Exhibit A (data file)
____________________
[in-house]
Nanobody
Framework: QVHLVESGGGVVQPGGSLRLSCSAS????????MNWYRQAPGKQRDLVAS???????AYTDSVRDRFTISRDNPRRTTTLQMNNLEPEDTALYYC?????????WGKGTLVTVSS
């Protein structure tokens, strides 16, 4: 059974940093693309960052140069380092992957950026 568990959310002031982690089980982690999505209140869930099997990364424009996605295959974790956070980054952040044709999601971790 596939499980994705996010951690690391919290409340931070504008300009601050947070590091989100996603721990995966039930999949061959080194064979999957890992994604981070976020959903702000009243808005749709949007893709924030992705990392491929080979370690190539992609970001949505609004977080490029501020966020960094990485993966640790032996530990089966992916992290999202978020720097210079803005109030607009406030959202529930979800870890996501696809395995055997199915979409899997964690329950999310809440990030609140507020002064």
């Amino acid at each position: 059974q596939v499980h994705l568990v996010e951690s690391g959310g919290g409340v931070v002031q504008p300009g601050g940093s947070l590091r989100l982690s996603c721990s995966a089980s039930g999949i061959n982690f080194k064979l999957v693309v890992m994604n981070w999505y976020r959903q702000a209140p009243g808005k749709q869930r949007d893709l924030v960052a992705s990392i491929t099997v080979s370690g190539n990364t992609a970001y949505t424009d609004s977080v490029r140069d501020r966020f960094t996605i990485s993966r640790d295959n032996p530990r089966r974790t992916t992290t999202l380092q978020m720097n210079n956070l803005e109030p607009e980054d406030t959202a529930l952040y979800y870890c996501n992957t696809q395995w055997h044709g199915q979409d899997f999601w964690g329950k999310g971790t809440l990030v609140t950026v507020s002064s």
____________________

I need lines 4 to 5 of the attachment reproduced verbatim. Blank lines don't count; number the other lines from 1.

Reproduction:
């Protein structure tokens, strides 16, 4: 059974940093693309960052140069380092992957950026 568990959310002031982690089980982690999505209140869930099997990364424009996605295959974790956070980054952040044709999601971790 596939499980994705996010951690690391919290409340931070504008300009601050947070590091989100996603721990995966039930999949061959080194064979999957890992994604981070976020959903702000009243808005749709949007893709924030992705990392491929080979370690190539992609970001949505609004977080490029501020966020960094990485993966640790032996530990089966992916992290999202978020720097210079803005109030607009406030959202529930979800870890996501696809395995055997199915979409899997964690329950999310809440990030609140507020002064």
């Amino acid at each position: 059974q596939v499980h994705l568990v996010e951690s690391g959310g919290g409340v931070v002031q504008p300009g601050g940093s947070l590091r989100l982690s996603c721990s995966a089980s039930g999949i061959n982690f080194k064979l999957v693309v890992m994604n981070w999505y976020r959903q702000a209140p009243g808005k749709q869930r949007d893709l924030v960052a992705s990392i491929t099997v080979s370690g190539n990364t992609a970001y949505t424009d609004s977080v490029r140069d501020r966020f960094t996605i990485s993966r640790d295959n032996p530990r089966r974790t992916t992290t999202l380092q978020m720097n210079n956070l803005e109030p607009e980054d406030t959202a529930l952040y979800y870890c996501n992957t696809q395995w055997h044709g199915q979409d899997f999601w964690g329950k999310g971790t809440l990030v609140t950026v507020s002064s």